Daily digest

April winds led to ‘unprecedented’ power production in Upper Midwest

WIND: High wind speeds in April produced “unprecedented power production” across the Upper Midwest. (Minnesota Public Radio)

STORAGE: A Minnesota co-op leads an initiative pushing for the greater use of electric water heaters and electric vehicles as a means for energy storage. (Midwest Energy News)

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UTILITIES:
• Returning Ohio to a regulated electric market would not be easy. (Columbus Dispatch)
Opponents of the two “bailout” deals in Ohio have reached the deadline to file requests for a re-hearing with state regulators. (Associated Press)
• An Illinois utility rejects a local park district’s offer to pay past-due electric bills at a state park that have mounted during the state’s budget impasse. (Belleville News-Democrat)
The retiring CEO of We Energies says he has no regrets about his strategies at the utility, which included a $9 billion merger last year. (Milwaukee Business Journal)

CLEAN POWER PLAN: Challengers to the Clean Power Plan ask federal judges for five hours of oral arguments across two days in June — typically cases get 20 to 40 minutes. (Greenwire)

SOLAR:
• Officials in Bowling Green, Ohio are considering developing a 20-megawatt solar project on city-owned land. (Toledo Blade)
• A new program by Ameren allows customers to help pay for solar projects. (St. Louis Post-Dispatch)
• Alliant Energy in Wisconsin is set to unveil a solar demonstration project this week. (WMTV)
A Minnesota county considers a moratorium on new solar farms. (St. Cloud Times)

CLIMATE: In recommending adopting a social cost of carbon in Minnesota, an administrative law judge deals a loss to contrarian climate scientists hired by Peabody Energy. (The Guardian)

OIL & GAS:
• The Bakken oil and gas field is largely responsible for the global uptick in ethane pollution, a new study says. (Associated Press)
• A construction worker dies near St. Louis from a natural gas main explosion. (St. Louis Post-Dispatch)
Layoffs are making life difficult for energy-sector workers across the Great Plains. (Rapid City Journal)

EFFICIENCY: Xcel Energy plans to install LED streetlights across North Dakota. (Associated Press)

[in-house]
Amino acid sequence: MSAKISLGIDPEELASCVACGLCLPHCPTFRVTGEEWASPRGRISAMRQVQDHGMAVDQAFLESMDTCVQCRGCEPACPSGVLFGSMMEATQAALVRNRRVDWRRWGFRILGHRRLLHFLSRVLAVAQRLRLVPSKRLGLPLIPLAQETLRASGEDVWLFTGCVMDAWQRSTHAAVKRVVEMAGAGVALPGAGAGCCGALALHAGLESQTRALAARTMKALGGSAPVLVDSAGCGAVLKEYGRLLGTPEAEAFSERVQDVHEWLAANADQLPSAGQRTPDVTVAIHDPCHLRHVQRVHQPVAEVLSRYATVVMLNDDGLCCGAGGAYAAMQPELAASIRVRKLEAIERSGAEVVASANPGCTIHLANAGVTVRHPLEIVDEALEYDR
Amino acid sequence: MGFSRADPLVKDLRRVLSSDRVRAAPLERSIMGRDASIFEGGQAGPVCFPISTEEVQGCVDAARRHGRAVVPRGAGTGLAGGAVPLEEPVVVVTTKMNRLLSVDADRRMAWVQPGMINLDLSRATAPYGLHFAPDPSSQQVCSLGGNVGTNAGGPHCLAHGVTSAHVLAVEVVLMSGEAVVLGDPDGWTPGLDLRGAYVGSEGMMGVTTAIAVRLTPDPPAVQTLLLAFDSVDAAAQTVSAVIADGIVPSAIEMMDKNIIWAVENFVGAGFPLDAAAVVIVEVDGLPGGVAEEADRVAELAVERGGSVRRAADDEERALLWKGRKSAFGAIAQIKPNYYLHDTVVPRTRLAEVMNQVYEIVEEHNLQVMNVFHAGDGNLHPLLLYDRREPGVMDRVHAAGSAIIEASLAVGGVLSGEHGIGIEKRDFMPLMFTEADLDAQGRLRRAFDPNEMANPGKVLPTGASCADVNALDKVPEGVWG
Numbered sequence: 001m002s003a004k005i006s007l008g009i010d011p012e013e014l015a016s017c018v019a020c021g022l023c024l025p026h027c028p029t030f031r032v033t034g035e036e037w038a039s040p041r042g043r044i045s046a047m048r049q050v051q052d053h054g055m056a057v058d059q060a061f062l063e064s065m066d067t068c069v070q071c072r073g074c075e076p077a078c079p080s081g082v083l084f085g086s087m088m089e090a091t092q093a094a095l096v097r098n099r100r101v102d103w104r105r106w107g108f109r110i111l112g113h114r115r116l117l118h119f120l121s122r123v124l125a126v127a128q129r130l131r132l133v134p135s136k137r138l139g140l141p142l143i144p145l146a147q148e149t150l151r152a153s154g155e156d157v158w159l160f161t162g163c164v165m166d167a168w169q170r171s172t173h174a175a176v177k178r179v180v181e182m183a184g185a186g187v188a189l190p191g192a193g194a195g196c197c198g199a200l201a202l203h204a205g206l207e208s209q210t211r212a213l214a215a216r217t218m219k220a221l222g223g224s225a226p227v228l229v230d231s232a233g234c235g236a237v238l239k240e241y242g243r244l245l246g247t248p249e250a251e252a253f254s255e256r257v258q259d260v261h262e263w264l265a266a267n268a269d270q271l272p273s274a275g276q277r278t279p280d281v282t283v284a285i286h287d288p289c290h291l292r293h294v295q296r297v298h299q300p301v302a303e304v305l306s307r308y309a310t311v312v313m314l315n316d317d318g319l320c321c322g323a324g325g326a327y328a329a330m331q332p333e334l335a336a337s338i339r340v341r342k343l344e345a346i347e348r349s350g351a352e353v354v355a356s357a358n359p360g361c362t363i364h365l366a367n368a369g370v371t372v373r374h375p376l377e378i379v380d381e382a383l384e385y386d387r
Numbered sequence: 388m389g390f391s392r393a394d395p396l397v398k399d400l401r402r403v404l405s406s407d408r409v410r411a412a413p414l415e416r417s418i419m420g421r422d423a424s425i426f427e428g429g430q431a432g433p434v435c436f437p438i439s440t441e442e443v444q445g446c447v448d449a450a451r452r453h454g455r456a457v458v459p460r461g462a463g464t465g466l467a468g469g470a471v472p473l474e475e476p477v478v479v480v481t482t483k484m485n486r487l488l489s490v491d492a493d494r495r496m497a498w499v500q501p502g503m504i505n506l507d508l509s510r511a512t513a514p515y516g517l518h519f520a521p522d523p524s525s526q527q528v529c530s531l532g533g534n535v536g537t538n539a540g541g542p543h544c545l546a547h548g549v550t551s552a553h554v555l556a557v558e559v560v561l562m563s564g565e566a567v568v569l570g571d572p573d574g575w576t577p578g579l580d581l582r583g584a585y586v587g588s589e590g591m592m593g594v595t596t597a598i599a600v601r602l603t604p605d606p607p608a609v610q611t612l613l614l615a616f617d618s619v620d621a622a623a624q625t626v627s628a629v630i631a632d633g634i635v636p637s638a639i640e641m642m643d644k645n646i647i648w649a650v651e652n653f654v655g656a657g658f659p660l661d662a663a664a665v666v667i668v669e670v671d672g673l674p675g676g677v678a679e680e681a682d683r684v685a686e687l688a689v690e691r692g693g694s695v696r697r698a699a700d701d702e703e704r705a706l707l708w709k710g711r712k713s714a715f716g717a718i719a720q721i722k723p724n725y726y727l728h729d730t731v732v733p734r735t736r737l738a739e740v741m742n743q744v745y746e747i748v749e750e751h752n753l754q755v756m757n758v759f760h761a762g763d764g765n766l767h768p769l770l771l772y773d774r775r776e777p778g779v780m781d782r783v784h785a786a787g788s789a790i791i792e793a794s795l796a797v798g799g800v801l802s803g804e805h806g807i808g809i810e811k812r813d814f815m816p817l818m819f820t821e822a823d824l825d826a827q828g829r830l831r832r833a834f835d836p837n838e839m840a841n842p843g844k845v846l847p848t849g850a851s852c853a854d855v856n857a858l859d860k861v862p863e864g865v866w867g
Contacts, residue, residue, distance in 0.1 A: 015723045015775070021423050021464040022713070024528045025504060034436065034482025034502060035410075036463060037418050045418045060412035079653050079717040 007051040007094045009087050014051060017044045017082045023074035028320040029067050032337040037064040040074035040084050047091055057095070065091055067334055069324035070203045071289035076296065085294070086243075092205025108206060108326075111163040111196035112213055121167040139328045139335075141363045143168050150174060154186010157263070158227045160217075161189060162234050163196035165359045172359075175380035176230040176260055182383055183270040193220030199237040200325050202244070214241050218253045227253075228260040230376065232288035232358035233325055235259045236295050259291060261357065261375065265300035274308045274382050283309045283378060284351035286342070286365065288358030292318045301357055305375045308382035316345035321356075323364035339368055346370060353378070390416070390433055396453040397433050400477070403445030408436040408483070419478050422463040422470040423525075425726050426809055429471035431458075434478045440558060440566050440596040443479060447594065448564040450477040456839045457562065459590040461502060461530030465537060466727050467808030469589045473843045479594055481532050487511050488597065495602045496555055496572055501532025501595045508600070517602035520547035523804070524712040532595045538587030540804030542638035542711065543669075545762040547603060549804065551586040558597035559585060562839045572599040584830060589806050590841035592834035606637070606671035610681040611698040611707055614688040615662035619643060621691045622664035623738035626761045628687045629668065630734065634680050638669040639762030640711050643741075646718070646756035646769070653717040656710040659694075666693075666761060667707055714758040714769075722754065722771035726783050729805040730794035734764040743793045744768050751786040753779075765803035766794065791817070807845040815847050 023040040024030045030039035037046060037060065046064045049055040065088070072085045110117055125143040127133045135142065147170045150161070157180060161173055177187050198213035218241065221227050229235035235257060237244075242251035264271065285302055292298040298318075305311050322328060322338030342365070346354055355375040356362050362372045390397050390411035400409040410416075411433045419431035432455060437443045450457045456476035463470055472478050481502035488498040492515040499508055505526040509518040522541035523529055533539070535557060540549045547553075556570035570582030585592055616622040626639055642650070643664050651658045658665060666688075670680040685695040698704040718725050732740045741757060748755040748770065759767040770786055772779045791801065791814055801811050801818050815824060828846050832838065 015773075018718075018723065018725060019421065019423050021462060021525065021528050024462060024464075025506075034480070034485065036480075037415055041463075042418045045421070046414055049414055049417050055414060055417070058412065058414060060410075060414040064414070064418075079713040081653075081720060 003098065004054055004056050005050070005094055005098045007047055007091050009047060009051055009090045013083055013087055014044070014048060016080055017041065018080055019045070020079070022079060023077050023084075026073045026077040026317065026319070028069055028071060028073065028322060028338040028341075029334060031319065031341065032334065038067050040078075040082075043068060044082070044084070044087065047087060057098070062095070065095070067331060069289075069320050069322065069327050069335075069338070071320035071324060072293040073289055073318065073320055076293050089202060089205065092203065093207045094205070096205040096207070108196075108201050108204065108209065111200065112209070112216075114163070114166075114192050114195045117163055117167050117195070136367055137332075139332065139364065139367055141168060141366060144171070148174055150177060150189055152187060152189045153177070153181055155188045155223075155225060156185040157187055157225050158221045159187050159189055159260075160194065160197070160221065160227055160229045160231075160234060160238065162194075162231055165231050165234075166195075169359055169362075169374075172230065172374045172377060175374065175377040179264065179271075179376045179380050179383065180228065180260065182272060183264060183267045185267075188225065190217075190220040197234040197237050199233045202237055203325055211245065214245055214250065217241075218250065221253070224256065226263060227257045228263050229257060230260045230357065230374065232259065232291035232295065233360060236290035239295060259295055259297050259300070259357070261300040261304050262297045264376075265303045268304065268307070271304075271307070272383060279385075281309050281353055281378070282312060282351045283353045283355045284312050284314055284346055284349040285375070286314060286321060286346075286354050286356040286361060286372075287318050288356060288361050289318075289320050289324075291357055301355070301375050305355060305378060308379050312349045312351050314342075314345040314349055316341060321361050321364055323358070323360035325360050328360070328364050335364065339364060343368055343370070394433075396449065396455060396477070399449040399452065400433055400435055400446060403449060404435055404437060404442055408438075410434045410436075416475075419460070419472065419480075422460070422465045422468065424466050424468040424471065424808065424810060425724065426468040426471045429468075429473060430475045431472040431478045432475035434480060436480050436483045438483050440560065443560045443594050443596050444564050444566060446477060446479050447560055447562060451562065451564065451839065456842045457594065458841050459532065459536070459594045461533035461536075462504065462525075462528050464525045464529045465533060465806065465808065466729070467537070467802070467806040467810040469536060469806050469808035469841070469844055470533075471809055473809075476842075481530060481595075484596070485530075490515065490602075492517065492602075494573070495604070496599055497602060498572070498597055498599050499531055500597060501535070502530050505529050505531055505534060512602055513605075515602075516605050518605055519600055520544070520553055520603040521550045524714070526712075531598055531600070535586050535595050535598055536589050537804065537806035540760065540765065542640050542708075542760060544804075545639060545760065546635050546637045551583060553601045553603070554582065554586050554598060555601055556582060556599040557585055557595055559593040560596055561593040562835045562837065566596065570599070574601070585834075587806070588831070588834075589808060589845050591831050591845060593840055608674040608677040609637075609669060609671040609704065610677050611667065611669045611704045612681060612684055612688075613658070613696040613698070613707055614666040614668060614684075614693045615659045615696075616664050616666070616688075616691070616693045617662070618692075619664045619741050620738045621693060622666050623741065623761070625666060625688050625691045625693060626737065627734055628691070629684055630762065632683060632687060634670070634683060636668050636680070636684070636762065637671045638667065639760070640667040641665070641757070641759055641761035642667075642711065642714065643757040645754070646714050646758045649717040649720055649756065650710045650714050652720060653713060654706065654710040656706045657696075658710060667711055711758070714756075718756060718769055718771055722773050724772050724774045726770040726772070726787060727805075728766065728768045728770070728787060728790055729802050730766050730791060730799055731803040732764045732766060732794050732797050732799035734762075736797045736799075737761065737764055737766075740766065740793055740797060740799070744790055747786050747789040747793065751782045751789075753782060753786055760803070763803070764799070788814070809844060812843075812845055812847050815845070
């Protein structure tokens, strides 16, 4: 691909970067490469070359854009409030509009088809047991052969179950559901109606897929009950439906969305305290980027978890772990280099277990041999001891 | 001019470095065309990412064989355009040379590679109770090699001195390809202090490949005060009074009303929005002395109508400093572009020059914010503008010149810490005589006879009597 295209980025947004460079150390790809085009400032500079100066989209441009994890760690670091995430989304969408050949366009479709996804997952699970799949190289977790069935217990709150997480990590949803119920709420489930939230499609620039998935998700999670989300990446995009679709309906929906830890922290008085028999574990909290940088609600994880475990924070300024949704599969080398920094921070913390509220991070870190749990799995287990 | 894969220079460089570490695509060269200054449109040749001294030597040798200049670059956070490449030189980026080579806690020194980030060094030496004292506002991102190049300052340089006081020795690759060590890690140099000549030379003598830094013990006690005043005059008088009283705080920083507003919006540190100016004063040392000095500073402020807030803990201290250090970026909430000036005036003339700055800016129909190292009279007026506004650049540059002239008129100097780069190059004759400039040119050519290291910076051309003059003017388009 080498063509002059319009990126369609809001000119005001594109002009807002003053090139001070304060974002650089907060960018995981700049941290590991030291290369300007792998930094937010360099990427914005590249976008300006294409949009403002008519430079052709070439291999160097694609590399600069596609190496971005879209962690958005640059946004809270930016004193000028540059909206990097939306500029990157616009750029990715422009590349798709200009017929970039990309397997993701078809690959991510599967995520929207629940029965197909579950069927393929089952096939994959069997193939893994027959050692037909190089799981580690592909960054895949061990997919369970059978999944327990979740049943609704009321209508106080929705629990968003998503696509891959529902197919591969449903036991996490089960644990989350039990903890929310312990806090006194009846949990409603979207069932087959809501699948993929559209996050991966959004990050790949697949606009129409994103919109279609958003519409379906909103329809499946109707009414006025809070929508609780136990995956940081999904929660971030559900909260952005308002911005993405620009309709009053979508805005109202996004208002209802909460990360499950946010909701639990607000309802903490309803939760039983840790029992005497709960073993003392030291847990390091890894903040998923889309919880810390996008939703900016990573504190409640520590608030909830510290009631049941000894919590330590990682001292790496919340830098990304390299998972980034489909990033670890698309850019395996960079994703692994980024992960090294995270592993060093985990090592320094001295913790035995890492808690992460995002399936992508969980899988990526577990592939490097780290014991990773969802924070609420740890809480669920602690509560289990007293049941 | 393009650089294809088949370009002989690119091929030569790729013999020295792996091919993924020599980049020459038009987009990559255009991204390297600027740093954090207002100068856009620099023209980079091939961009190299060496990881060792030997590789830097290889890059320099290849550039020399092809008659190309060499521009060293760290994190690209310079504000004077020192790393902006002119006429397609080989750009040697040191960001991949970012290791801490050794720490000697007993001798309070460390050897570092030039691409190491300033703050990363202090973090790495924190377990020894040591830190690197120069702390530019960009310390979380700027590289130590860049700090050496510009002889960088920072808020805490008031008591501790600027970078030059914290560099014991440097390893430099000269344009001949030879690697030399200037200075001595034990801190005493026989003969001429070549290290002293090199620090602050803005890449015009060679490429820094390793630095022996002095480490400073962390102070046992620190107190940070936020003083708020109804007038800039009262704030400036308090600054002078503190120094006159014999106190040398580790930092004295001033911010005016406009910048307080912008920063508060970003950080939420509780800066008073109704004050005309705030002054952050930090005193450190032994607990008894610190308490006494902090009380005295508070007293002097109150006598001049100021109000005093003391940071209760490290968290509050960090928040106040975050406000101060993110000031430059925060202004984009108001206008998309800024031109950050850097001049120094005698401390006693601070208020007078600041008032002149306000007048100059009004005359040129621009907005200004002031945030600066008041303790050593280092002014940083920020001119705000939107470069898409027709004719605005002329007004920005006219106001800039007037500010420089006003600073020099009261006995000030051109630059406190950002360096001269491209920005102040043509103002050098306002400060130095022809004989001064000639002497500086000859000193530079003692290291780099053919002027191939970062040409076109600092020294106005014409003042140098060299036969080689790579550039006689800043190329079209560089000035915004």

COAL:
• The decline in coal use since its apex in 2007 was “particularly sharp” in the Midwest and Southeast. (ClimateWire)
• Ohio officials are planning to repair a mile-long stretch of roadway that is beginning to sag due to an old underground coal mine. (Columbus Dispatch)
CEO Robert Murray is “the architect of the most serious challenge to the Obama administration’s environmental goals.” (New York Times)
The industry downturn has proved lucrative for firms overseeing coal companies’ bankruptcies. (SNL / Institute for Energy Economics and Financial Analysis)

FRAC SAND: A proposal to expand a frac sand mining site in Iowa would not negatively impact public health, according to an expert. (The Gazette)

WASTE-TO-ENERGY: A new gasification plant that runs on wood waste is expected to save an Iowa city $40,000 a year on energy costs. (Sioux City Journal)

PIPELINES: House Republicans pull a provision in proposed pipeline safety legislation that would have made it easier for people affected by spills and leaks to file civil cases. (E&E Daily)

COMMENTARY:
• “As long as fracking is well regulated,” it facilitates an important bridge fuel that burns cleaner than coal. (Akron Beacon Journal)
FirstEnergy moves its plan to have ratepayers subsidize uncompetitive coal plants to West Virginia. (Institute for Energy Economics and Financial Analysis)
Michigan needs updated targets for renewable energy and energy efficiency. (Crain’s Detroit Business)
Unfreeze Ohio’s clean-energy standards. (Cleveland Plain Dealer)
Solar should play an increasingly larger role in Wisconsin’s energy mix. (Wisconsin State Journal)
Challenges and delays to pipeline projects in Minnesota only serve to stall economic benefits for the state. (Duluth News Tribune)

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